So, not only do clean car standards reduce our dependence on foreign oil and create jobs in automobile innovation, they also save consumers money at the pump. Rolling back these standards will make the United States less secure and will undermine innovation, threatening the future of the U.S. auto industry and manufacturing in this country. That’s why the United Auto Workers, whose jobs are on the line, agree that fuel efficiency standards are essential to the future of the industry and our economy.
Trump’s Do Nothing Executive Order: Finally, this brings us to Trump’s climate-changing Executive Order. We’ve already established that Trump’s move to unravel clean car standards will harm our security and prosperity. His policies on coal: even more so.
Coal contributes to death, disease, and climate disaster, but not at all to replacing oil imports. Increasing coal consumption and production would do absolutely nothing for energy independence. Coal has been displaced by energy efficiency, natural gas, wind, and solar (in that order of importance), all of which are domestic energy sources. They are replacing coal because they are cheaper as well as cleaner. And ongoing improvements in wind and solar technologies are making them increasingly cost-competitive with natural gas. Rescinding the Clean Power Plan may slow down this progress (when we need to accelerate it), but won’t reverse it.
Meanwhile, Trump’s plan to lift the moratorium on new federal coal leases presents even more problems for coal workers. Assuming there are any bidders (which is questionable given market realities), lifting the moratorium will actually reduce the total number of coal mining jobs. That’s because increased mining on public lands would mostly substitute for mining on private lands, and mining on public lands (primarily in the Powder River Basin) employs fewer workers per ton than mining in Appalachia. So Trump’s promise to bring back coal jobs and revitalizing the dying industry is just another con.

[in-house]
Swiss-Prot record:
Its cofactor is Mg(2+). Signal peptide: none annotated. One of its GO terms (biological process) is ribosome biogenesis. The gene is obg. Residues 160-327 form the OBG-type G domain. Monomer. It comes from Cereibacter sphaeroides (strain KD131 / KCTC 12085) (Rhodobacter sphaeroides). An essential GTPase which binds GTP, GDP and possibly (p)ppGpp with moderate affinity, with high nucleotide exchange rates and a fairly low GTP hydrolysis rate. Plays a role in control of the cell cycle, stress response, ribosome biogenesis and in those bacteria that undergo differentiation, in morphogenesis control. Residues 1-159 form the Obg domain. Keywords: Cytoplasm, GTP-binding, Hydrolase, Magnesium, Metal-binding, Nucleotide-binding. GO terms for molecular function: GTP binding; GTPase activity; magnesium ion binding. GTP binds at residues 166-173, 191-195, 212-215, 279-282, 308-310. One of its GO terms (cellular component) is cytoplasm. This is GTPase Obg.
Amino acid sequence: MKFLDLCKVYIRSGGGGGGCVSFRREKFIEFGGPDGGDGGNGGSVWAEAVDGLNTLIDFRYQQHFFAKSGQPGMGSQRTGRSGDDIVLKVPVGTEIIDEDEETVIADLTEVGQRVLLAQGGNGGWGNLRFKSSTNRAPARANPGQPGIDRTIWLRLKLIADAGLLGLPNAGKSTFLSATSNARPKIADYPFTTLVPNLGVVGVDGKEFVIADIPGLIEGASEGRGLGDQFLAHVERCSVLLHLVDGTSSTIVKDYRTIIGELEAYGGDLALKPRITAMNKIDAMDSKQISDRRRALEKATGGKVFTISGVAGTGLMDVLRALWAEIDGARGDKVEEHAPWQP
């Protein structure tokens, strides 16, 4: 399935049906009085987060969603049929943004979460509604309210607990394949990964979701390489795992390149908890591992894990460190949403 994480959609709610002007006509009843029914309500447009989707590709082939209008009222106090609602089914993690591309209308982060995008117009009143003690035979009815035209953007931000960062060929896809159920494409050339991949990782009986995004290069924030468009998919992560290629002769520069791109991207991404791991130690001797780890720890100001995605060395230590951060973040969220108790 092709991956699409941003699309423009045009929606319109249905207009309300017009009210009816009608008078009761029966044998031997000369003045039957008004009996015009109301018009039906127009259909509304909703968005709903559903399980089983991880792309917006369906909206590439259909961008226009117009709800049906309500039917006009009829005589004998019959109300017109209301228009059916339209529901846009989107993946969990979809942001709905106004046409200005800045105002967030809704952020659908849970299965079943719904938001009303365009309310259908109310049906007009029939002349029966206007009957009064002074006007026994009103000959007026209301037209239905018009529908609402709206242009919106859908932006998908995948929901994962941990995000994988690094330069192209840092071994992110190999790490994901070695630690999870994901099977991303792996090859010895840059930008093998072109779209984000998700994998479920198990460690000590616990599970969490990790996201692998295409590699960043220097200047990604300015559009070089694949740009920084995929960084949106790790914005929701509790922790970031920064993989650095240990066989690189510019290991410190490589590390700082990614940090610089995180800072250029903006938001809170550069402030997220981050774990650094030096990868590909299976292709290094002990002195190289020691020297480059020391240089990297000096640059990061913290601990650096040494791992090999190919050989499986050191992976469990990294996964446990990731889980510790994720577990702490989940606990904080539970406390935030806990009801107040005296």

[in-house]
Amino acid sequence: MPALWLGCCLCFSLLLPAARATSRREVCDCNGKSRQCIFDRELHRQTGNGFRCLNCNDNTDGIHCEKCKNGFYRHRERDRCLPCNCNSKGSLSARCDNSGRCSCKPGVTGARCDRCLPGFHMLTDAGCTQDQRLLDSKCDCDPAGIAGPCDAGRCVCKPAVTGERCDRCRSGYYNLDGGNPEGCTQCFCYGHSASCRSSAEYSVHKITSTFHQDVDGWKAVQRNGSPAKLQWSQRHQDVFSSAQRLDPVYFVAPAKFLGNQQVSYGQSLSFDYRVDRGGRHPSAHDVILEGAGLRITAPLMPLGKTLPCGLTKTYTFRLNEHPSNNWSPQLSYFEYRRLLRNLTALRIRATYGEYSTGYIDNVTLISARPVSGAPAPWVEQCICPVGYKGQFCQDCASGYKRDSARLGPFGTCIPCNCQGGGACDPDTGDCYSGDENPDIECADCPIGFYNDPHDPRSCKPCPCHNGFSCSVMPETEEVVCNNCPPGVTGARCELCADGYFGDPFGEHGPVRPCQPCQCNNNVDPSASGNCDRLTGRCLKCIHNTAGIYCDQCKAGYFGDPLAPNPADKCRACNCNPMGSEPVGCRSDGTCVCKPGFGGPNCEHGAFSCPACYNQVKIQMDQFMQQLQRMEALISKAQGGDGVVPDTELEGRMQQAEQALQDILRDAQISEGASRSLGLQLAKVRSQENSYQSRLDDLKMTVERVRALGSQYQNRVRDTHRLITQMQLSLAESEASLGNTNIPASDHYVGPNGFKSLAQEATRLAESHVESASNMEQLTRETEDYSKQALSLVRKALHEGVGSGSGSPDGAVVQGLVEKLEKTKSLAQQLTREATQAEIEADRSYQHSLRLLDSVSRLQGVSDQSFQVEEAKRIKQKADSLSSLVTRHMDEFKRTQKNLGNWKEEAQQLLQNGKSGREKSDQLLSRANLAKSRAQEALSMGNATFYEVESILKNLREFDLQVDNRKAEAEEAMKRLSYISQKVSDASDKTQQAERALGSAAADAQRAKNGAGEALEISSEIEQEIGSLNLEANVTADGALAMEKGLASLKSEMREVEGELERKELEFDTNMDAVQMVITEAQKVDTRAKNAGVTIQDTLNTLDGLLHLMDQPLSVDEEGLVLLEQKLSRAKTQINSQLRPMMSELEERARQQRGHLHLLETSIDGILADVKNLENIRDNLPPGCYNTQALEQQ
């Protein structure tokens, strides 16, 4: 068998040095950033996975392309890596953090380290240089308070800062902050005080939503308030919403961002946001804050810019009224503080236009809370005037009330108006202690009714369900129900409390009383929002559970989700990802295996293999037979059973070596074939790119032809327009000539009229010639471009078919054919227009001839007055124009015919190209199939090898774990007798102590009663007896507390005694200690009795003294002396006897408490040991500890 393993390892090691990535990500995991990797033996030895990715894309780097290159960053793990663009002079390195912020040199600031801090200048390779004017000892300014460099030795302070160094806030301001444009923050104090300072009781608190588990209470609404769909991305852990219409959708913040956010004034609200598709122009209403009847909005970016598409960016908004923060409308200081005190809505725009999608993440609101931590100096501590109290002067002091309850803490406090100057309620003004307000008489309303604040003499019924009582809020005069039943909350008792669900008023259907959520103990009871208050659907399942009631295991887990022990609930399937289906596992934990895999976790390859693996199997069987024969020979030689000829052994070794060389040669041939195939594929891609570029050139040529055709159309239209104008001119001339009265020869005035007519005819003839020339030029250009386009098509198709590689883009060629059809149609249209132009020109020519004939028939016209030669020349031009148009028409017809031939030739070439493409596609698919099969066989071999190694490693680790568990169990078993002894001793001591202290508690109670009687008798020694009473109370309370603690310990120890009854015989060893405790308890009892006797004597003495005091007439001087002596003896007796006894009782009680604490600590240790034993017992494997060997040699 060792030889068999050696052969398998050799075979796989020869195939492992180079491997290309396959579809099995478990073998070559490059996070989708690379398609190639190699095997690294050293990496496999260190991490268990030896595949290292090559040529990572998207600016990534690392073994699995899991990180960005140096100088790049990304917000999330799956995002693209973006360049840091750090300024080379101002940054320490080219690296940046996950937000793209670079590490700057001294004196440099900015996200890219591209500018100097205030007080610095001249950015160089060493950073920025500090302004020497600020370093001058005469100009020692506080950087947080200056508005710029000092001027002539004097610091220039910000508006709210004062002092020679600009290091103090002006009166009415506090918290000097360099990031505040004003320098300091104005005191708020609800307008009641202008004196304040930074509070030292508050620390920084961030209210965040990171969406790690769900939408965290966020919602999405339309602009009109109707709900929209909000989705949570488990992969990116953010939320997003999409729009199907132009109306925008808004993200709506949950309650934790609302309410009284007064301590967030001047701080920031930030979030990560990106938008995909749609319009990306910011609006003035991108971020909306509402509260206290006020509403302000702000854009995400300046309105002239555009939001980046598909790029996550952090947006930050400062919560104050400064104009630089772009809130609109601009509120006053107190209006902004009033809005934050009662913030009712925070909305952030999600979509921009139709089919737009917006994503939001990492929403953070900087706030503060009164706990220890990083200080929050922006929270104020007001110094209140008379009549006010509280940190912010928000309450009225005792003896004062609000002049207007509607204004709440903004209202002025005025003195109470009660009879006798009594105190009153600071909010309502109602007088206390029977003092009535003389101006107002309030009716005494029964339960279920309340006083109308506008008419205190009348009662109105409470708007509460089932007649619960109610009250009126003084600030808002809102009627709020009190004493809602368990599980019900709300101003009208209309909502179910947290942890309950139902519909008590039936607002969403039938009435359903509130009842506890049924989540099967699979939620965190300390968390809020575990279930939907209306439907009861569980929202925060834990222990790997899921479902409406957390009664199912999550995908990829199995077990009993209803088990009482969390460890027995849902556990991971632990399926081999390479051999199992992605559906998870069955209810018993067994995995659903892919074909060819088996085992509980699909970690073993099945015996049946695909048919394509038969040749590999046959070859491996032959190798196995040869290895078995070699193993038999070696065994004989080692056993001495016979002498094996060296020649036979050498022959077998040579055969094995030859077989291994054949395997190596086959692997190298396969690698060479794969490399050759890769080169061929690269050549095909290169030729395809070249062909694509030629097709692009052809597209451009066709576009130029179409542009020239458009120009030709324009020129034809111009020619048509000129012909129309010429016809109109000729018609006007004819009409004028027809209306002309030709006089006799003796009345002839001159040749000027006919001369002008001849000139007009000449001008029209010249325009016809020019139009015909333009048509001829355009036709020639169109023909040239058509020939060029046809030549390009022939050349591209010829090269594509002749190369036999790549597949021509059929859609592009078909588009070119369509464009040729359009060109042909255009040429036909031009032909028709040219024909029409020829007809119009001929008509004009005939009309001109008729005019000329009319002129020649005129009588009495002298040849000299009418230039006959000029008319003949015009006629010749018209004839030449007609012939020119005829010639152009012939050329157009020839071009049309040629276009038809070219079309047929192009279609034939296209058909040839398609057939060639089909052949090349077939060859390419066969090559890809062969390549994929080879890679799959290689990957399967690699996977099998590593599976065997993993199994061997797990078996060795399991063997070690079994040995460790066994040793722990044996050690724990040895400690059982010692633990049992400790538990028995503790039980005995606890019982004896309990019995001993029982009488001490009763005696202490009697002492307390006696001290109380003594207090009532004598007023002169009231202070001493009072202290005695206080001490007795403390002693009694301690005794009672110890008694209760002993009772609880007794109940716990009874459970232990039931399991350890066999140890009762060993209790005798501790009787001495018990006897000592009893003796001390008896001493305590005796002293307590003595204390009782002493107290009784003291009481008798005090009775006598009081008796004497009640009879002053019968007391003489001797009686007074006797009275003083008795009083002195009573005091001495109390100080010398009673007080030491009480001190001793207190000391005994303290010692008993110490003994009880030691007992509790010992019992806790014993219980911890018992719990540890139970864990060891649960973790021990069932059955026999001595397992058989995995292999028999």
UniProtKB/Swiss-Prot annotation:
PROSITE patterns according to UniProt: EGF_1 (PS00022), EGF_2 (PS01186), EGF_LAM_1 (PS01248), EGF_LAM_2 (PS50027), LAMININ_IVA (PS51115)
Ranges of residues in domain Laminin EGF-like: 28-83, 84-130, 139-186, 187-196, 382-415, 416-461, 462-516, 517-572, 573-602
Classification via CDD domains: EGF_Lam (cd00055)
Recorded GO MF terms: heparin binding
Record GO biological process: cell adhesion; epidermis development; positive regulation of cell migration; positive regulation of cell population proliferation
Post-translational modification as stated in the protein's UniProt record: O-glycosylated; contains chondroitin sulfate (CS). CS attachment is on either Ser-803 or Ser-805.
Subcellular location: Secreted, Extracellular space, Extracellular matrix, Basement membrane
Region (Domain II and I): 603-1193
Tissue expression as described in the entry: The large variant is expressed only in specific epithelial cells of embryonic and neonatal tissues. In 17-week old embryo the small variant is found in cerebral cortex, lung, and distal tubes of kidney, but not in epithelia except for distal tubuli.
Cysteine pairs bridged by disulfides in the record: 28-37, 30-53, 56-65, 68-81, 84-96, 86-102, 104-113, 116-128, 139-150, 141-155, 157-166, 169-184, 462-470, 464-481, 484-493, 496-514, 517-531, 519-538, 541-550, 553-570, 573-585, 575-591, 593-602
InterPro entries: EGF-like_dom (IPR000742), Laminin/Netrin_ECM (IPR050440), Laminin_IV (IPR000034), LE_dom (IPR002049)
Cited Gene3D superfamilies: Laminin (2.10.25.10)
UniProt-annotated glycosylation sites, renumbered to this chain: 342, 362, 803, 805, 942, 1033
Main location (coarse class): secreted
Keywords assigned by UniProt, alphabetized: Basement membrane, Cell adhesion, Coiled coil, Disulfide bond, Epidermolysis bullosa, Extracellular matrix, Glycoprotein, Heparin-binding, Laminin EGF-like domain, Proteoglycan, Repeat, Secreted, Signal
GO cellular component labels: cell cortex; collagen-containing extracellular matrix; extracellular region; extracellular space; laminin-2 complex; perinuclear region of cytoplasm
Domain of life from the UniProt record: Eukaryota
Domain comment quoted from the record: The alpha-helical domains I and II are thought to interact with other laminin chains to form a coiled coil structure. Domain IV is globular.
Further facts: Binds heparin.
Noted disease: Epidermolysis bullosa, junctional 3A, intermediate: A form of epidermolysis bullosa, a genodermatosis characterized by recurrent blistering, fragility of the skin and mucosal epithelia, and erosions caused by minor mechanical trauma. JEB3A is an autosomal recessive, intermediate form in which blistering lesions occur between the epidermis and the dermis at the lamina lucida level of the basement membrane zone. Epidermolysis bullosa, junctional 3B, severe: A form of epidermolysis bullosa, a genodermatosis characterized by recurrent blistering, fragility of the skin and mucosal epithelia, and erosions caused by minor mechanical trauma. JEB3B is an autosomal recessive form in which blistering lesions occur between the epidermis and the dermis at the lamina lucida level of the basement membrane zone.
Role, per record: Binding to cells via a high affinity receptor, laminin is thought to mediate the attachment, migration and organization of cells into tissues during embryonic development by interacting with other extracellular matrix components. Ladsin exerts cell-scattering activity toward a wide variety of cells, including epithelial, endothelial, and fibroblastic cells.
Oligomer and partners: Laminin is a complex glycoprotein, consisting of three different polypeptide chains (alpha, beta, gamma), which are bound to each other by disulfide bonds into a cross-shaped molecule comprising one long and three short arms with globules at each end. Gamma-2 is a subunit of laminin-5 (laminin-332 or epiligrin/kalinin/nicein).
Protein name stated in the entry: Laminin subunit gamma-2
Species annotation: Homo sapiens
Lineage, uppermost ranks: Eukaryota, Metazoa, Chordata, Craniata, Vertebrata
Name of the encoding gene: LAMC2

Trump’s plan to rescind the Obama Administration’s methane rule is another terrible deal for the American people. It will not only accelerate climate change by allowing unchecked emissions, it will also increase the waste of public resources by allowing natural gas produced on public lands to leak into our atmosphere rather than stay in the ground or be put to productive use.
Trump’s Executive Order includes other bad deals for America which you can read about here, but I’ll end with this: Not only does his plan make climate change worse by eliminating common sense requirements to reduce climate-altering pollution, Trump’s order also rescinds a requirement that federal agencies routinely evaluate climate impacts as part of environmental assessments, leaving the government unprepared to deal with the effects of climate change. Those impacts are going to happen regardless of what Trump, and the other deniers in his Administration, believe.